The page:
• Zhuo Chen
    •  & John J. Wiens
  • Article
    | Open Access

    Pheromones are an essential cue for species recognition and mate selection in many insects including the butterfly Bicyclus anynana. Here the authors show that females with a short social experience of a new male learn preferences for novel pheromone blends, a preference which also occurs in their daughters.

    • Emilie Dion
    • , Li Xian Pui
    • , Katie Weber
    •  & Antónia Monteiro
  • Article
    | Open Access

    Numerous feathered dinosaurs and early birds have been discovered from the Jurassic and Cretaceous, but the early evolution of feather-feeding insects is not clear. Here, Gao et al. describe a new family of ectoparasitic insects from 10 specimens found associated with feathers in mid-Cretaceous amber.

    • Taiping Gao
    • , Xiangchu Yin
    • , Chungkun Shih
    • , Alexandr P. Rasnitsyn
    • , Xing Xu
    • , Sha Chen
    • , Chen Wang
    •  & Dong Ren
  • Article
    | Open Access

    The cerebellum is critical in sensory-motor control and is structurally diverse across vertebrates. Here, the authors investigate the evolutionary relationship between locomotory mode and cerebellum architecture across squamates by integrating study of gene expression, cell distribution, and 3D morphology.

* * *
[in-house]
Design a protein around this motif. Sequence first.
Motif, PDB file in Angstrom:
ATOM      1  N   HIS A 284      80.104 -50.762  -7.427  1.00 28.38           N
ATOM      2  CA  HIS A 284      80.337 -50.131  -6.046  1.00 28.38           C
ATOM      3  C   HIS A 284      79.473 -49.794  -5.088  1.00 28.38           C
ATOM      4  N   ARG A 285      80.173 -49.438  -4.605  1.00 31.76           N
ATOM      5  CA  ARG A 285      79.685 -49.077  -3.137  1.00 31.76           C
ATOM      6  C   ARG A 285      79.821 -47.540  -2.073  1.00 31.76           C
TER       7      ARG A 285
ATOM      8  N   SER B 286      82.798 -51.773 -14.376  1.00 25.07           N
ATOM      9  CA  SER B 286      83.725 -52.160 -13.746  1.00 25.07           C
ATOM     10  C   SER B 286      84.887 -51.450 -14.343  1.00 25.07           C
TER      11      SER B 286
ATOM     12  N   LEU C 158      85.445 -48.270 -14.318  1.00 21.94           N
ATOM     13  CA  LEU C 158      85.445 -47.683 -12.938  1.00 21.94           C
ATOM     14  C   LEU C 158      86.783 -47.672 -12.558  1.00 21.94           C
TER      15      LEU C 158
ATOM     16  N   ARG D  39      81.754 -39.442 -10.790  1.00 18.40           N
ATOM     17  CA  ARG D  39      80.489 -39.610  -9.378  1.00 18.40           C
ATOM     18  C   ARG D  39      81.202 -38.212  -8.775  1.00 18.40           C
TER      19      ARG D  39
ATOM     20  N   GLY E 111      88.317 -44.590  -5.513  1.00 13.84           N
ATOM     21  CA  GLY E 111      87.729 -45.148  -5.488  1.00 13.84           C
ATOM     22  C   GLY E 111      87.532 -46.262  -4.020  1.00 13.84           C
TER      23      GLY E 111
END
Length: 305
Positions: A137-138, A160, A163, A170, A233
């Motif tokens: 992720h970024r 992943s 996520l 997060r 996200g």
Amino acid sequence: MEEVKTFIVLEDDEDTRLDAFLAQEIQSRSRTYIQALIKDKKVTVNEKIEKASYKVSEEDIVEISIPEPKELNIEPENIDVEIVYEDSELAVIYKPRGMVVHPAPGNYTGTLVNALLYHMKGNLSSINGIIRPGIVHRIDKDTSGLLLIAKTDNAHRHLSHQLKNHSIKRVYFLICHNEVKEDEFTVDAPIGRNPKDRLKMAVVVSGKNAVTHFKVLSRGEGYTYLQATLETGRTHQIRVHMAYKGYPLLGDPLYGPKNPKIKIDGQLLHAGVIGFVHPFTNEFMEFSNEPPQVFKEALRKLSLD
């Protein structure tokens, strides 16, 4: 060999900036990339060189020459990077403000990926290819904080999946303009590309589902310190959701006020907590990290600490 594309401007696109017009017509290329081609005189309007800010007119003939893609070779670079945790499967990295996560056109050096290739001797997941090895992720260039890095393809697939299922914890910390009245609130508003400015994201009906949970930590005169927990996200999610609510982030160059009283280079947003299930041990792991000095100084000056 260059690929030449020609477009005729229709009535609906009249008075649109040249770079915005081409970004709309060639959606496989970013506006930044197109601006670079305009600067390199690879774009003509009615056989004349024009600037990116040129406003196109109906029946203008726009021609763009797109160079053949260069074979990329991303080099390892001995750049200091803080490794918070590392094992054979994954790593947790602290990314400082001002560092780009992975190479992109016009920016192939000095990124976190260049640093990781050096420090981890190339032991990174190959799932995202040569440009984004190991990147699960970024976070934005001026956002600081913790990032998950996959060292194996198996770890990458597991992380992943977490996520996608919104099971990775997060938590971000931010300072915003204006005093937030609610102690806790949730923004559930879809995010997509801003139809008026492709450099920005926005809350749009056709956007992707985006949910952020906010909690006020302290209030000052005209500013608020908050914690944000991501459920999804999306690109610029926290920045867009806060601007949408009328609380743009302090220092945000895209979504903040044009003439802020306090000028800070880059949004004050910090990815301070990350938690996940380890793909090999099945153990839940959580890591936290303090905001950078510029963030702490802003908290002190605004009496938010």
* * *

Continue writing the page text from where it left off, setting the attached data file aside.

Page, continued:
• Simone Macrì
    • , Yoland Savriama
    • , Imran Khan
    •  & Nicolas Di-Poï
  • Article
    | Open Access

    Recent studies have suggested that hybridization can facilitate adaptive radiations. Here, the authors show that opportunity for hybridization differentiates Lake Mweru, where cichlids radiated, and Lake Bangweulu, where cichlids did not radiate despite ecological opportunity in both lakes.

    • Joana I. Meier
    • , Rike B. Stelkens
    • , Domino A. Joyce
    • , Salome Mwaiko
    • , Numel Phiri
    • , Ulrich K. Schliewen
    • , Oliver M. Selz
    • , Catherine E. Wagner
    • , Cyprian Katongo
    •  & Ole Seehausen
  • Article
    | Open Access

    Recent work has suggested that lift and drag may be employed differently in slow, flapping flight compared to classic flight aerodynamics. Here the authors develop a method to measure vertical and horizontal aerodynamic forces simultaneously and use it to quantify lift and drag during slow flight.

    • Diana D. Chin
    •  & David Lentink
  • Article
    | Open Access

    Microbes can establish mutualistic interactions with plants and insects. Here, Kim et al. show that Streptomyces bacteria can protect strawberry plants and honeybees from pathogens, can move into the plant vascular tissue from soil and from flowers, and are transferred among flowers by the pollinators.

    • Da-Ran Kim
    • , Gyeongjun Cho
    • , Chang-Wook Jeon
    • , David M. Weller
    • , Linda S. Thomashow
    • , Timothy C. Paulitz
    •  & Youn-Sig Kwak
  • Article
    | Open Access